decompression sickness


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decompression sickness,

physiological disorder caused by a rapid decrease in atmospheric pressure, resulting in the release of nitrogen bubbles into the body tissues. It is also known as caisson disease, altitude sickness, and the bends. It is an occupational hazard of persons who work under greatly increased atmospheric pressure below the surface of the earth (e.g., divers and laborers who work under compressed air) when their return to normal atmospheric pressure is made too quickly. When the body is subjected to high atmospheric pressure the respiratory gases are compressed and larger amounts are dissolved in the body tissues. During ascent from depths greater than 30 ft (9.1 m), these gases escape as the external pressure decreases. Airplane pilots who go rapidly from normal atmospheric pressure to high altitudes (low atmospheric pressure) in unpressurized aircraft or in aircraft with faulty pressurizing apparatus also encounter the disorder. The decrease in air pressure releases body nitrogen in the form of gas bubbles that block the small veins and arteries and collect in the tissues, cutting off the oxygen supply and causing nausea, vomiting, dizziness, pain in the joints and abdomen, paralysis, and other neurological symptoms. In severe cases there may be shock, total collapse, and, if treatment is not prompt, death. Persons who work under increased atmospheric pressure must make the ascent to normal atmospheric pressure gradually, often through pressurized chambers, a procedure that allows the nitrogen to be released slowly from the blood and expired from the lungs. Inhalation of pure oxygen aids in clearing nitrogen from the body. Those who suffer symptoms of decompression sickness at high altitudes (commonly called aeroembolism) experience relief on returning to an atmospheric pressure normal to them; this and oxygen inhalation will usually effect recovery.

decompression sickness

A sickness caused by the evolution of nitrogen bubbles in the body as a result of the effects of reduced atmospheric pressure. Normal symptoms of decompression sickness are the bends, chokes, creeps, unconsciousness, and neurological symptoms. It can be potentially fatal if the original higher pressure is not restored. Fighter crews use pressure suits and pressure breathing to avoid the effects of decompression sickness. Also called aeroembolism, the bends, and caisson disease.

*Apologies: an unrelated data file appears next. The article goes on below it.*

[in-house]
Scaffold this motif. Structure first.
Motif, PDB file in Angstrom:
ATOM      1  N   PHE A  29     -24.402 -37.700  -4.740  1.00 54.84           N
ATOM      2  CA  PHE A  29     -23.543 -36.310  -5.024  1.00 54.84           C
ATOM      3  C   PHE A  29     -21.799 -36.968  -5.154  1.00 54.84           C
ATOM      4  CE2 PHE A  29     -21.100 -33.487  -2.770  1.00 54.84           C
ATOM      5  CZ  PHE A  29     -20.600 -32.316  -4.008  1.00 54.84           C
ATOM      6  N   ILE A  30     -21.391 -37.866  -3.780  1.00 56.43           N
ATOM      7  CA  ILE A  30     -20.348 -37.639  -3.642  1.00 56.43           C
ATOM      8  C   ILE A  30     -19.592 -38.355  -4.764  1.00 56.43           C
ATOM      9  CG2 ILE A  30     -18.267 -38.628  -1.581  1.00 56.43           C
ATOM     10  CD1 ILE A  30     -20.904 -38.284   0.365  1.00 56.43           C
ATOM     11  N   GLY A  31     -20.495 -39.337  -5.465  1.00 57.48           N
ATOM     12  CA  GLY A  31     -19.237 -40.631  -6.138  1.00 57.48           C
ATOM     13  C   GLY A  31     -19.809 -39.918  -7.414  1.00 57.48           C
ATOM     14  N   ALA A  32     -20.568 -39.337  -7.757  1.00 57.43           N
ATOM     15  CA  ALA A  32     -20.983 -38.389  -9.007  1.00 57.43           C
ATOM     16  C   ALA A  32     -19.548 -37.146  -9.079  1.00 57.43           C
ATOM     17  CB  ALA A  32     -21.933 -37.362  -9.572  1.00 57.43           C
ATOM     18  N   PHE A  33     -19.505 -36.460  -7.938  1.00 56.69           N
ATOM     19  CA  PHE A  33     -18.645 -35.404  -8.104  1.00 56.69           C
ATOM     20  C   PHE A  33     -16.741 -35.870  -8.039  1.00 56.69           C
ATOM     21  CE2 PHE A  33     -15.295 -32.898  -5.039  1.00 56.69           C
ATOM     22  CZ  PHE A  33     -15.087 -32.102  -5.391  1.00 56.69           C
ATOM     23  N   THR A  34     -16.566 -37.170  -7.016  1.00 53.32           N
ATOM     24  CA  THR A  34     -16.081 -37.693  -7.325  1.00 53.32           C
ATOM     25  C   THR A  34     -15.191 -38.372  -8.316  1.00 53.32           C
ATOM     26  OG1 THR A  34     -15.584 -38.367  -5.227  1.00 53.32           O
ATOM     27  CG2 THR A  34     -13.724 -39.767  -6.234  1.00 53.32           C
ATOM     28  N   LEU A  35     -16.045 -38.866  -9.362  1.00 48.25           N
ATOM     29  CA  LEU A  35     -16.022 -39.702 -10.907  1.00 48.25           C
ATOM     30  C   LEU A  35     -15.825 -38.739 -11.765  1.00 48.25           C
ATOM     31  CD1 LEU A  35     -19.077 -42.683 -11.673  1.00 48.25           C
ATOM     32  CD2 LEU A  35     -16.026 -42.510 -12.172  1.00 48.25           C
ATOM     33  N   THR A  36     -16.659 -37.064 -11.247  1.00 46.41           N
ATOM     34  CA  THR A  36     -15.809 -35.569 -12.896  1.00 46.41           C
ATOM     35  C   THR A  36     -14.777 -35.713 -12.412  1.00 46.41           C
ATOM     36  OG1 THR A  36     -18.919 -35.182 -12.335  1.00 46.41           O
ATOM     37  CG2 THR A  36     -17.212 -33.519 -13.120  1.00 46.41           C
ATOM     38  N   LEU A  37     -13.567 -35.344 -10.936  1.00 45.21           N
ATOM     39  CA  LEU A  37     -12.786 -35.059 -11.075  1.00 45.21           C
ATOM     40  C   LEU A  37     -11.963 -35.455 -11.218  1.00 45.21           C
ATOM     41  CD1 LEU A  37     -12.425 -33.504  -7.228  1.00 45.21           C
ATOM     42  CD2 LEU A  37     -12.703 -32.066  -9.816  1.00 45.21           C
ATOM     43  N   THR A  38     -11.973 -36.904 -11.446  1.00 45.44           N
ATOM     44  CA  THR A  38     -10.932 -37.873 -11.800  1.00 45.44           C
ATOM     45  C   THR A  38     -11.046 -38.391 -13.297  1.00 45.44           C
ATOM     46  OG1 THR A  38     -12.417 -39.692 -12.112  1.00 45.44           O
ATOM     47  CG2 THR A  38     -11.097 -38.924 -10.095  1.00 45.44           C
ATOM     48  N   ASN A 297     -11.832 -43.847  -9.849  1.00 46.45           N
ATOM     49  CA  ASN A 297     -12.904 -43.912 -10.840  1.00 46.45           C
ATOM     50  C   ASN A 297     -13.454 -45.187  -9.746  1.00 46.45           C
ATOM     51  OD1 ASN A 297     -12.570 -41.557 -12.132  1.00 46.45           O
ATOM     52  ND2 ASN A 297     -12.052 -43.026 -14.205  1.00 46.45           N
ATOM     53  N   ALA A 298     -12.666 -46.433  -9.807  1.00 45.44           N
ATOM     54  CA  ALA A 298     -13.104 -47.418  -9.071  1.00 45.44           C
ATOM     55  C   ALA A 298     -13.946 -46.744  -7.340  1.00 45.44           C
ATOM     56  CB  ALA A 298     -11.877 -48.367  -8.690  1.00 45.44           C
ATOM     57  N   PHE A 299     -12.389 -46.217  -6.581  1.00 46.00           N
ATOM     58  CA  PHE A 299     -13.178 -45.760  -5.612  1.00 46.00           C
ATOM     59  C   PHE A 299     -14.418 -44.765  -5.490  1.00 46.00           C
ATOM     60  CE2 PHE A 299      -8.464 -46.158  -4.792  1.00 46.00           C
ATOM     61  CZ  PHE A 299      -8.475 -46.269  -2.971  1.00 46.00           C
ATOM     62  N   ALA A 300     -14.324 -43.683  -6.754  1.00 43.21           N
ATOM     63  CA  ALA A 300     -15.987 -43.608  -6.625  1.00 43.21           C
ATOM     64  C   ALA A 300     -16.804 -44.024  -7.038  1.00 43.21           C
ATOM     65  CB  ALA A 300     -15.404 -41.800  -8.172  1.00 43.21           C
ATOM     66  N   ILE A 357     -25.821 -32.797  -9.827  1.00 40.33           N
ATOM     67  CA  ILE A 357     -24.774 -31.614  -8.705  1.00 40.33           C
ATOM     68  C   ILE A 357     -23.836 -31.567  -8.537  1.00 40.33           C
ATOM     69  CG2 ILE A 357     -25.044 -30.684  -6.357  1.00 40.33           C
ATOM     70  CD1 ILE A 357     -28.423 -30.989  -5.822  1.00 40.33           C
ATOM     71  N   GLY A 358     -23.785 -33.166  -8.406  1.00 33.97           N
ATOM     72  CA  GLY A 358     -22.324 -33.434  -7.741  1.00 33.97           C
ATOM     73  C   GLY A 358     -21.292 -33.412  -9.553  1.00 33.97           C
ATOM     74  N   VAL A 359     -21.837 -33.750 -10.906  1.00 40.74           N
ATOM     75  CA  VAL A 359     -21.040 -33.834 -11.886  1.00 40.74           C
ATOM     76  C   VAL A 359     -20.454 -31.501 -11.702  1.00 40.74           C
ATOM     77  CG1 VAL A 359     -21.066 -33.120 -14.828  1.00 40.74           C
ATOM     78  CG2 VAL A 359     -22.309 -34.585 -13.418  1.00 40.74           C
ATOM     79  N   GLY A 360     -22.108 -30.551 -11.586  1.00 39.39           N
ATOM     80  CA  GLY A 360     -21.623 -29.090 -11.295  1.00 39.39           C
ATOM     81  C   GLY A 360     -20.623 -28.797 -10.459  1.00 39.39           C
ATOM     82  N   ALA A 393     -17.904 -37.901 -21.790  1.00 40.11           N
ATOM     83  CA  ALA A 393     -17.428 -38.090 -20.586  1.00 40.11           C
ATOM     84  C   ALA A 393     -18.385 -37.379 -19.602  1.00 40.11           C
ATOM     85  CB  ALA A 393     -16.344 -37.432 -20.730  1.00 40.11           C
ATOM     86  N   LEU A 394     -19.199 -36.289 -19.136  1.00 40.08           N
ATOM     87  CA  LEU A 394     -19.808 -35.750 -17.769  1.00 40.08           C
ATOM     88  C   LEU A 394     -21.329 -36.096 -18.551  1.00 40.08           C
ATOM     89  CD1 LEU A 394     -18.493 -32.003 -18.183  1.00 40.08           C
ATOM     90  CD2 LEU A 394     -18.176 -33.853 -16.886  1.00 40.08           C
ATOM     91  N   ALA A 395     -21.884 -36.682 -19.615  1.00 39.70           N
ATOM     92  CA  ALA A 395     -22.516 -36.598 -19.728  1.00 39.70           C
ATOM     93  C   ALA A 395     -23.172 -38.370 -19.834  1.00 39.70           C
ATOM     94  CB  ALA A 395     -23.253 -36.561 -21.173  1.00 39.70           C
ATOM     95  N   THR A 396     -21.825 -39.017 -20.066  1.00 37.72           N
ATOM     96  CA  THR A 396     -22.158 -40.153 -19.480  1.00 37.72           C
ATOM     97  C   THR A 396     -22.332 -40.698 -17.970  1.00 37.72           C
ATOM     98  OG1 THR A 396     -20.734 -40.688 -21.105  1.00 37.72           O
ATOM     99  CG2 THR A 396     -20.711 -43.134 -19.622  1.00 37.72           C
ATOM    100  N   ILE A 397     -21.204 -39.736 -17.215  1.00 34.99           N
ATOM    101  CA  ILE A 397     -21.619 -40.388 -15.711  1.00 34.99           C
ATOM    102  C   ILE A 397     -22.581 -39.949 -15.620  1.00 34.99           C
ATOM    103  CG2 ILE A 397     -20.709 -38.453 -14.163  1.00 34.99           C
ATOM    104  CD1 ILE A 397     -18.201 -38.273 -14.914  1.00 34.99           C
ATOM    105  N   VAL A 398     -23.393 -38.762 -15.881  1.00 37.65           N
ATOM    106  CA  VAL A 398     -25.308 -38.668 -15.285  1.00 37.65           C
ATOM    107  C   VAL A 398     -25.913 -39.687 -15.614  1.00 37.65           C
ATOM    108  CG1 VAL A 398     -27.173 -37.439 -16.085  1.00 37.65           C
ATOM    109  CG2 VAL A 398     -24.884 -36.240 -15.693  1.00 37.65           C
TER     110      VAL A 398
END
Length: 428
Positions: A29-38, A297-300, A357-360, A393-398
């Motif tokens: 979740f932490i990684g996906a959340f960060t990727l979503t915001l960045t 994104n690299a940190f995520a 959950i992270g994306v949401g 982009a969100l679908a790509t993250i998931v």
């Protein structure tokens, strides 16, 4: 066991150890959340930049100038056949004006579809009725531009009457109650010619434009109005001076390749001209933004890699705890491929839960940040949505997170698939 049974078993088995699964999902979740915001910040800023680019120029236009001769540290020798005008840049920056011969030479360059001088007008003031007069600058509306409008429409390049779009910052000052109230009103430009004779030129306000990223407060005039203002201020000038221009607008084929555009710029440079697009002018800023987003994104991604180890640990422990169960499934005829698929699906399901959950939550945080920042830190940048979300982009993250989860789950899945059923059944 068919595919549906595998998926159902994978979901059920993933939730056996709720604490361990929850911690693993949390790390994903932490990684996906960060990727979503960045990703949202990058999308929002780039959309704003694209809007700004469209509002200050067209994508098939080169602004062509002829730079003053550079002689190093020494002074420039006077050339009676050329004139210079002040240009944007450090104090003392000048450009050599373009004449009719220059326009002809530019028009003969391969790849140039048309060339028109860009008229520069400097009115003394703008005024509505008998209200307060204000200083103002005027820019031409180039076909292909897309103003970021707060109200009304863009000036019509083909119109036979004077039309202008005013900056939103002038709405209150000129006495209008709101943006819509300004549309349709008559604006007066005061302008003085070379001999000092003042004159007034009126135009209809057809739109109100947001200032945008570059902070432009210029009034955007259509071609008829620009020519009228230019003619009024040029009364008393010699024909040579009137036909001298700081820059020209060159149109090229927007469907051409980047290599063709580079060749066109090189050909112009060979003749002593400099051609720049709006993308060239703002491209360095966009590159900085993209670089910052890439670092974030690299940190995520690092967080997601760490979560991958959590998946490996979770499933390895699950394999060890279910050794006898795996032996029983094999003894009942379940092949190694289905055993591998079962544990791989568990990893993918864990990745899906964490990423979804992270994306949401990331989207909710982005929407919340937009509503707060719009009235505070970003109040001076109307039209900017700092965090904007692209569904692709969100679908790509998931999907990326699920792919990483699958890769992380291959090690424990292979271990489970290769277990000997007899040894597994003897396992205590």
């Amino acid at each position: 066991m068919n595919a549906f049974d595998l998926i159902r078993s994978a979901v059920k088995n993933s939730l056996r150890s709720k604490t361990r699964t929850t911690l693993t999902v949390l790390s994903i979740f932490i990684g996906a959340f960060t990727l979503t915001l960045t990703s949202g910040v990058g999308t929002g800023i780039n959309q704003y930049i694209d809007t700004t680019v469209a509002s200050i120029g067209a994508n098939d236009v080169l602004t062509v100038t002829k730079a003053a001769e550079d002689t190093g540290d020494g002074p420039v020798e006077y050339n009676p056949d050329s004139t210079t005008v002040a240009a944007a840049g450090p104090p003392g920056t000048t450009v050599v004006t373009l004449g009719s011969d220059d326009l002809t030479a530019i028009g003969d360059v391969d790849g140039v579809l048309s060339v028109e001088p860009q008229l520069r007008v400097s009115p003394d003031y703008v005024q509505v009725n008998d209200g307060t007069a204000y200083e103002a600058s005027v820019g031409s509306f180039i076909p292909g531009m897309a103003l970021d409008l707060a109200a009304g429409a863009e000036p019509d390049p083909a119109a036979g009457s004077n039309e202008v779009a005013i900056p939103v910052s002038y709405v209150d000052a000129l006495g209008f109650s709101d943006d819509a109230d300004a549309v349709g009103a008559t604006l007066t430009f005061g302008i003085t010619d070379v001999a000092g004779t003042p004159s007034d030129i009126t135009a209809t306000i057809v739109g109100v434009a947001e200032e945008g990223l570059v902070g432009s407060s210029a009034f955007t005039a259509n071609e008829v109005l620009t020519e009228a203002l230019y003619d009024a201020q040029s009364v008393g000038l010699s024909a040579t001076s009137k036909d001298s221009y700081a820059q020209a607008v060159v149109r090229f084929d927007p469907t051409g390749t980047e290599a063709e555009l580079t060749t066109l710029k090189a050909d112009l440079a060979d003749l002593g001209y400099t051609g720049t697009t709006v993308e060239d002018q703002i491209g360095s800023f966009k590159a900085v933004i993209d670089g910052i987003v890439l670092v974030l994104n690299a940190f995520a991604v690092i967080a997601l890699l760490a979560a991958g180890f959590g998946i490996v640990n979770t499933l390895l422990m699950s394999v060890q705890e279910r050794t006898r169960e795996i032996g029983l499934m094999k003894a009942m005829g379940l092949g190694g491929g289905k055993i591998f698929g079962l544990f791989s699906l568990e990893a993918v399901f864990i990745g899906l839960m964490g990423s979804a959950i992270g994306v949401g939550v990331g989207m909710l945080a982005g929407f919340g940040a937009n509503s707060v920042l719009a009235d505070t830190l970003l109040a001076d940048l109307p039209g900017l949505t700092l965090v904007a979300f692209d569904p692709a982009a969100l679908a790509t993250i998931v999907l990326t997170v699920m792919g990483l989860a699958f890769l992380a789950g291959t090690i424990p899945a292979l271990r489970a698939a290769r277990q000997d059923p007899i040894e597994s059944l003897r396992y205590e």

decompression sickness

, illness
a disorder characterized by severe pain in muscles and joints, cramp, and difficulty in breathing, caused by a sudden and sustained decrease in air pressure, resulting in the deposition of nitrogen bubbles in the tissues
References in periodicals archive ?
I got a research grant from the Fisheries Department, modified the dive profiles [risk of injury estimates] and changed the incidence of decompression sickness from over 40 percent to less than 0.01 percent.
Working outside the international space station in spacesuits elevates astronauts' risk of decompression sickness, Moon indicates, since the transition from the stations to a space suit rapidly lowers the pressure to which the astronaut is exposed by two-thirds.
"Diving is physically exhausting, and there's an increased risk of experiencing decompression sickness like that of a scuba diver," said Capt.
Decompression sickness can result in serious, permanent injuries, including paralysis and death.(1) By regulating depth, the time underwater, the rate of ascent, and the interval between dives, a diver can reduce the risk of developing the bends.
It is thought that Sarah Ann Pitkin, 45, believed to be from the West Country, died from an attack of the bends - decompression sickness.
Nitrogen poisoning presents another risk for divers who conduct frequent deep-water operations.(11) When divers surface quickly, nitrogen that has pooled in the blood bubbles out, causing decompression sickness,(12) or "the bends." Symptoms include joint pain, back or abdominal pain, paralysis, numbness, tingling, inability to control bowels or urine, headache, dizziness, partial blindness, confusion, shortness of breath, chest pains, coughing and/or shock.(13)
In an attempt to curb diving accidents, Nietschmann, marine biologist Bill Alevizon, and the Florida-based Caribbean Conservation Corporation (CCC) initiated a scuba-training course on the Miskito coast to educate divers about how to avoid air embolisms and decompression sickness, called "the bends." The CCC also offered training to local doctors in how to treat scuba-diving injuries.
Although most physicians consider this usage to be mere quackery, the machine itself is anything but useless, having proven its effectiveness against decompression sickness (occurring whenever scuba divers encounter "the bends"), carbon monoxide poisoning, anemia, and skin graft rejection, among other ailments.
A diver suffering from decompression sickness was rescued by Oban lifeboat on Saturday.
Before take-off, Cruise spent 20 minutes on the ground breathing pure oxygen in order to avoid decompression sickness. The actor then climbed to 7,620 metres into the air, at which time all the lighting on the aircraft turned from white to red.
The diver got into difficulty on May 8 and was showing symptoms of decompression sickness after completing a dive in the Union Hall area of Cork.